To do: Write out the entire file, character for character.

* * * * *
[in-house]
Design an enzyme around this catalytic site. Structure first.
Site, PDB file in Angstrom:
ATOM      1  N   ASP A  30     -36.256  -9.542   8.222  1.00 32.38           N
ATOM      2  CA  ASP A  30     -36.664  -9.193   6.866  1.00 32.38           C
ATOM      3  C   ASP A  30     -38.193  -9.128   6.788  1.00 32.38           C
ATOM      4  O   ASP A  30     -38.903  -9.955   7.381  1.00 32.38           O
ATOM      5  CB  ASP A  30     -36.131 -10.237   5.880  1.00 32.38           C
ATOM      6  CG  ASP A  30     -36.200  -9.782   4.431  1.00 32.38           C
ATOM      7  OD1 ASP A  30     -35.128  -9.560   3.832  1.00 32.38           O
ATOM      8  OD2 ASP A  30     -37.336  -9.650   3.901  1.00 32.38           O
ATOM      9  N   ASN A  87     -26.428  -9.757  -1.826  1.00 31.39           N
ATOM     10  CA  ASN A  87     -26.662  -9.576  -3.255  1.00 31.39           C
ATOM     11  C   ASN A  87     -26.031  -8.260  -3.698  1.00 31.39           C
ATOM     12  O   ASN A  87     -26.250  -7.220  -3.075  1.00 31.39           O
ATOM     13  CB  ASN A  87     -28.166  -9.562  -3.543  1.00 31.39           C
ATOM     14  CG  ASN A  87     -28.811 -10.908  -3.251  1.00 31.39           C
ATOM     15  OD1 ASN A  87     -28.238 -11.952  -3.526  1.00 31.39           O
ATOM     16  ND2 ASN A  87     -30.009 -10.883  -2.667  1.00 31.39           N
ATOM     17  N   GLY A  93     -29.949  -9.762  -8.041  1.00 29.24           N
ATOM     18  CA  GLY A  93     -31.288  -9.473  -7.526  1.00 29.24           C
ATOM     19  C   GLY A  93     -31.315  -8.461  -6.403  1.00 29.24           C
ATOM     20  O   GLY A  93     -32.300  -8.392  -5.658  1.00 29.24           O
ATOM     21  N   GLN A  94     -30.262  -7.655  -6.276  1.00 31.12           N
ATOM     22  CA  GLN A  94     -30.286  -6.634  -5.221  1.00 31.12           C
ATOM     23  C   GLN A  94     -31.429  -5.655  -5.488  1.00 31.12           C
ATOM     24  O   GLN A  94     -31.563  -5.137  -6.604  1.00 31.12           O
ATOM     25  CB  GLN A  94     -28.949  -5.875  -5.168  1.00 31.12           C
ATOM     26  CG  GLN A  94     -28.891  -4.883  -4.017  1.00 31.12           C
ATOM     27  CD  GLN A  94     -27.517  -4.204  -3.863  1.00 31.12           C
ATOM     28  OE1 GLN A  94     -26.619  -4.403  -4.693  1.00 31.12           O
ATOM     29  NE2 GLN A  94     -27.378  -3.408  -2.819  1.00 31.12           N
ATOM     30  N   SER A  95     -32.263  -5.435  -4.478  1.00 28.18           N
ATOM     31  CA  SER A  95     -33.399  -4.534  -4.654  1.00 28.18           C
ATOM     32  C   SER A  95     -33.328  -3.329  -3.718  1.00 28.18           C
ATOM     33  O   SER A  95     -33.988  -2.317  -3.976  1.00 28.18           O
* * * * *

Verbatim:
[in-house]
Design an enzyme around this catalytic site. Structure first.
Site, PDB file in Angstrom:
ATOM      1  N   ASP A  30     -36.256  -9.542   8.222  1.00 32.38           N
ATOM      2  CA  ASP A  30     -36.664  -9.193   6.866  1.00 32.38           C
ATOM      3  C   ASP A  30     -38.193  -9.128   6.788  1.00 32.38           C
ATOM      4  O   ASP A  30     -38.903  -9.955   7.381  1.00 32.38           O
ATOM      5  CB  ASP A  30     -36.131 -10.237   5.880  1.00 32.38           C
ATOM      6  CG  ASP A  30     -36.200  -9.782   4.431  1.00 32.38           C
ATOM      7  OD1 ASP A  30     -35.128  -9.560   3.832  1.00 32.38           O
ATOM      8  OD2 ASP A  30     -37.336  -9.650   3.901  1.00 32.38           O
ATOM      9  N   ASN A  87     -26.428  -9.757  -1.826  1.00 31.39           N
ATOM     10  CA  ASN A  87     -26.662  -9.576  -3.255  1.00 31.39           C
ATOM     11  C   ASN A  87     -26.031  -8.260  -3.698  1.00 31.39           C
ATOM     12  O   ASN A  87     -26.250  -7.220  -3.075  1.00 31.39           O
ATOM     13  CB  ASN A  87     -28.166  -9.562  -3.543  1.00 31.39           C
ATOM     14  CG  ASN A  87     -28.811 -10.908  -3.251  1.00 31.39           C
ATOM     15  OD1 ASN A  87     -28.238 -11.952  -3.526  1.00 31.39           O
ATOM     16  ND2 ASN A  87     -30.009 -10.883  -2.667  1.00 31.39           N
ATOM     17  N   GLY A  93     -29.949  -9.762  -8.041  1.00 29.24           N
ATOM     18  CA  GLY A  93     -31.288  -9.473  -7.526  1.00 29.24           C
ATOM     19  C   GLY A  93     -31.315  -8.461  -6.403  1.00 29.24           C
ATOM     20  O   GLY A  93     -32.300  -8.392  -5.658  1.00 29.24           O
ATOM     21  N   GLN A  94     -30.262  -7.655  -6.276  1.00 31.12           N
ATOM     22  CA  GLN A  94     -30.286  -6.634  -5.221  1.00 31.12           C
ATOM     23  C   GLN A  94     -31.429  -5.655  -5.488  1.00 31.12           C
ATOM     24  O   GLN A  94     -31.563  -5.137  -6.604  1.00 31.12           O
ATOM     25  CB  GLN A  94     -28.949  -5.875  -5.168  1.00 31.12           C
ATOM     26  CG  GLN A  94     -28.891  -4.883  -4.017  1.00 31.12           C
ATOM     27  CD  GLN A  94     -27.517  -4.204  -3.863  1.00 31.12           C
ATOM     28  OE1 GLN A  94     -26.619  -4.403  -4.693  1.00 31.12           O
ATOM     29  NE2 GLN A  94     -27.378  -3.408  -2.819  1.00 31.12           N
ATOM     30  N   SER A  95     -32.263  -5.435  -4.478  1.00 28.18           N
ATOM     31  CA  SER A  95     -33.399  -4.534  -4.654  1.00 28.18           C
ATOM     32  C   SER A  95     -33.328  -3.329  -3.718  1.00 28.18           C
ATOM     33  O   SER A  95     -33.988  -2.317  -3.976  1.00 28.18           O